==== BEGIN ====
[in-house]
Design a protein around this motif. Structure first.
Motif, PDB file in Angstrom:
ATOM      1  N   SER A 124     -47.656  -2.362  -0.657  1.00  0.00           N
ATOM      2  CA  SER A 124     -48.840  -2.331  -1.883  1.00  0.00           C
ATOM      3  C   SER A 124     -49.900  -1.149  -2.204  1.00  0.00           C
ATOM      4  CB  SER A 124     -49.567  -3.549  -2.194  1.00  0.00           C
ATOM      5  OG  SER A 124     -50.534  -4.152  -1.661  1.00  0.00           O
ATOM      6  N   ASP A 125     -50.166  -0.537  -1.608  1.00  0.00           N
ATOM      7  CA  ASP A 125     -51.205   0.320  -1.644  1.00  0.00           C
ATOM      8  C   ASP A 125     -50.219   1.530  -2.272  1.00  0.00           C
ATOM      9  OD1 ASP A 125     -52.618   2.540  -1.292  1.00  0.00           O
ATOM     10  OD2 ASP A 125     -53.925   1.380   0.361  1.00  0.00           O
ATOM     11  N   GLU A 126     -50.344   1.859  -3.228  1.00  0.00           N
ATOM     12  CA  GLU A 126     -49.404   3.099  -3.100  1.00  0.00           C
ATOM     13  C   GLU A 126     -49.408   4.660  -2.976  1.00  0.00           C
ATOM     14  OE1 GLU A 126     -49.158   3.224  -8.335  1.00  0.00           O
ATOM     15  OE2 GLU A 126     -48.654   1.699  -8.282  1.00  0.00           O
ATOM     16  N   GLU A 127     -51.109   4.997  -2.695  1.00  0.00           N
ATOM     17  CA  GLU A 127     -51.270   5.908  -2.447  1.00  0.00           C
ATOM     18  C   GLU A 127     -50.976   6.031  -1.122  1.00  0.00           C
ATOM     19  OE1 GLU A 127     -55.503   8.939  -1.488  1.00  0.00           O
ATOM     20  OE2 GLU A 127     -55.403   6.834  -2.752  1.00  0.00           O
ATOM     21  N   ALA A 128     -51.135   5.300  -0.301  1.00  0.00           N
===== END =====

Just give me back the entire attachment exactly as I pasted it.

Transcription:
[in-house]
Design a protein around this motif. Structure first.
Motif, PDB file in Angstrom:
ATOM      1  N   SER A 124     -47.656  -2.362  -0.657  1.00  0.00           N
ATOM      2  CA  SER A 124     -48.840  -2.331  -1.883  1.00  0.00           C
ATOM      3  C   SER A 124     -49.900  -1.149  -2.204  1.00  0.00           C
ATOM      4  CB  SER A 124     -49.567  -3.549  -2.194  1.00  0.00           C
ATOM      5  OG  SER A 124     -50.534  -4.152  -1.661  1.00  0.00           O
ATOM      6  N   ASP A 125     -50.166  -0.537  -1.608  1.00  0.00           N
ATOM      7  CA  ASP A 125     -51.205   0.320  -1.644  1.00  0.00           C
ATOM      8  C   ASP A 125     -50.219   1.530  -2.272  1.00  0.00           C
ATOM      9  OD1 ASP A 125     -52.618   2.540  -1.292  1.00  0.00           O
ATOM     10  OD2 ASP A 125     -53.925   1.380   0.361  1.00  0.00           O
ATOM     11  N   GLU A 126     -50.344   1.859  -3.228  1.00  0.00           N
ATOM     12  CA  GLU A 126     -49.404   3.099  -3.100  1.00  0.00           C
ATOM     13  C   GLU A 126     -49.408   4.660  -2.976  1.00  0.00           C
ATOM     14  OE1 GLU A 126     -49.158   3.224  -8.335  1.00  0.00           O
ATOM     15  OE2 GLU A 126     -48.654   1.699  -8.282  1.00  0.00           O
ATOM     16  N   GLU A 127     -51.109   4.997  -2.695  1.00  0.00           N
ATOM     17  CA  GLU A 127     -51.270   5.908  -2.447  1.00  0.00           C
ATOM     18  C   GLU A 127     -50.976   6.031  -1.122  1.00  0.00           C
ATOM     19  OE1 GLU A 127     -55.503   8.939  -1.488  1.00  0.00           O
ATOM     20  OE2 GLU A 127     -55.403   6.834  -2.752  1.00  0.00           O
ATOM     21  N   ALA A 128     -51.135   5.300  -0.301  1.00  0.00           N